A Year In Food

From New York to Costa Rica to Europe to California: 365 Days of Dining Out

Saturday, January 01, 2005

Jan 1.



Lunch -

DiFara Pizzeria – 1464 Ave. J, Midwood, Brooklyn
Three slices of mushroom and sausage pizza, one slice of mushroom pizza, a bottle of IBC root beer, a bottle of Orange Crush, a can of Wild Cherry Pepsi
$11.50

A new year, a fresh start. What better way to inaugurate 2005 than joining the illustrious ranks of the Polar Bear Club. Still a little nauseous from last night’s holiday festivities, I boarded the Q train and set off for the depths of Coney Island. I met Vince and Libby at the aquarium, choked down a lukewarm, foil-ensconced egg sandwich on a plain bagel and headed down toward the water. The Hungry Marching Band was loudly playing on the boardwalk, providing a soundtrack for the shirtless or bathrobe-wrapped men and bikini-clad women to dance to. On the glass-infested shore, we lined up en masse, undressed and waited for the call to run into the Atlantic. A pack of drunk men with gigantic beer bellies raised up a stuffed polar bear and an American flag and roared a call to arms, and away we went into the drink. It was certainly an experience, a baptism by ice, and certainly a very memorable way to mark the new year. That said, I could not wait to run back to dry land and begin the search for my now missing genitals.

After changing and picking up our snazzy blue “Did It” certificates, the three of us got on the uptown Q and got out at Avenue J in Midwood. I don’t think I’d ever been in this heavily-Orthodox neighborhood, but after all of the incessant hype about DiFara, I had to go out there and see for myself. It was, like the Polar Bear Club, quite an experience.

The pizzeria has survived since the 60’s, the entire time under the mindful eye of owner-master chef Dominic DeMarco. Walking inside, you instantly believe that it’s been around so long, because it’s doubtful the décor or even the tables have changed since then. But for since a modest place in a peaceful neighborhood, you also have many clues that you’re in for something special. The walls are plastered with high praise, from the 28 Zagat rating to the many articles pronouncing it New York’s best. The small space is crammed with eager customers, all angling among the chaos to get in their pie orders, shouting out, “Dominic!” “How you doin’, Dominic?” “Happy New Year, Dominic!,” like high school nerds trying to be seen talking to the quarterback.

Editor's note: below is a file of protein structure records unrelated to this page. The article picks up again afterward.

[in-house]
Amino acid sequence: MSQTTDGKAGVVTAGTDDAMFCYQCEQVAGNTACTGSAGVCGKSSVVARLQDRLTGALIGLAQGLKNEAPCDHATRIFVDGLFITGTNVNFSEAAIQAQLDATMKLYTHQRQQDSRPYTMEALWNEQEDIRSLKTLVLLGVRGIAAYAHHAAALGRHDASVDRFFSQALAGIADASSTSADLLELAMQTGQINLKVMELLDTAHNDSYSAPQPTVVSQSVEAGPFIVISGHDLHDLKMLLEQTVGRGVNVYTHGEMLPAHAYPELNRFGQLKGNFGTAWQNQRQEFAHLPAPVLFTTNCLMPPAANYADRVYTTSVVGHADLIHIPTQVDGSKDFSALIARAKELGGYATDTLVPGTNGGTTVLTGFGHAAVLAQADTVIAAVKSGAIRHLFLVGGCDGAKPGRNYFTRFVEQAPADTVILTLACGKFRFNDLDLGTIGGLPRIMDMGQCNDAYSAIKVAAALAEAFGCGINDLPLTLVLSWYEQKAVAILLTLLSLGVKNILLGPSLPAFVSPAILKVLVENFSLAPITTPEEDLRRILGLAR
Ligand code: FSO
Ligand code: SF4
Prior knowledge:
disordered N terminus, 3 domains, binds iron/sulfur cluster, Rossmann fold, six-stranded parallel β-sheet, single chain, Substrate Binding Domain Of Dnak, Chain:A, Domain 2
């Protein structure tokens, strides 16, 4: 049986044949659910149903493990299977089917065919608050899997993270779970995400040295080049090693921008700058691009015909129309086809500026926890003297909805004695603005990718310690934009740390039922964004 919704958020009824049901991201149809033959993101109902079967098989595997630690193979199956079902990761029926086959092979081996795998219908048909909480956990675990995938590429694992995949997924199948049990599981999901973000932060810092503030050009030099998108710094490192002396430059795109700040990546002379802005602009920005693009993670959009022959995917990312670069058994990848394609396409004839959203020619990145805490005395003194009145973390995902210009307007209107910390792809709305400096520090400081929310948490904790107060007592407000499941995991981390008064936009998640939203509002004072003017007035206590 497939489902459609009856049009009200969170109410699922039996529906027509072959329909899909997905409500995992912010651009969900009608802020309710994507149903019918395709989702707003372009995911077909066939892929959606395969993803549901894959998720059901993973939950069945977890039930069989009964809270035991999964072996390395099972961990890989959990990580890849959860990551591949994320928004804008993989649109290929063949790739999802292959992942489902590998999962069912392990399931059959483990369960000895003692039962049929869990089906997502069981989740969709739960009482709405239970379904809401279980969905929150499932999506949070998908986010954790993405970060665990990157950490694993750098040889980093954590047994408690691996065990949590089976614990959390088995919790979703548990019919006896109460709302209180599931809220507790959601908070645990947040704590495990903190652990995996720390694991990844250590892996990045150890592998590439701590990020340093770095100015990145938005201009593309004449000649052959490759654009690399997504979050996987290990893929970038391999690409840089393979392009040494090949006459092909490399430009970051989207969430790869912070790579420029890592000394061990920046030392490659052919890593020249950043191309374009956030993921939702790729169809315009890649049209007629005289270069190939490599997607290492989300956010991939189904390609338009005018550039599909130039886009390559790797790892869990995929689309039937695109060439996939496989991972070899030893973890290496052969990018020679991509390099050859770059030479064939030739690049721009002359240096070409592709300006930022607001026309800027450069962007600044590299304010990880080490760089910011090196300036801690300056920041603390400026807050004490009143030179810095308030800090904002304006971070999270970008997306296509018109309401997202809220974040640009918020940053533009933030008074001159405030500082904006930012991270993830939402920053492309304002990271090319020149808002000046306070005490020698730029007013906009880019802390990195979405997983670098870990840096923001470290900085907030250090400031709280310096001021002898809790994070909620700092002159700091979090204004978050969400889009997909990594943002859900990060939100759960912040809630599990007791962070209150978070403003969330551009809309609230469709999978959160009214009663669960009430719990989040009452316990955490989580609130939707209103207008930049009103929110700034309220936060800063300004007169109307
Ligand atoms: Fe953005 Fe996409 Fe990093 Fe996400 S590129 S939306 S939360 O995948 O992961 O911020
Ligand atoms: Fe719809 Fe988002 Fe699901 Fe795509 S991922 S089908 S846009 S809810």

For all the commotion, Dominic didn’t really seem to care. He went about making each pie to order, slowly and methodically kneading the dough, pouring on a ladleful of sauce, shredding fat, generous slices of mozzarella, liberally splashing around extra virgin olive oil, and coating all of this with another layer of mozzarella balls. “He’s getting lazy,” one of the Italian regulars informed us cheerfully. “He usually breaks up the balls before he puts them in.” Everyone seemed to know his every move, following the process like fans singing along with the band at concerts. I loved it too, never having witnessed such precision and utter disregard for efficiency in a pizzeria. Even though we waited about thirty minutes for our pies to come out, the display became a kind of performance theater or a cooking show too real for the Food Network.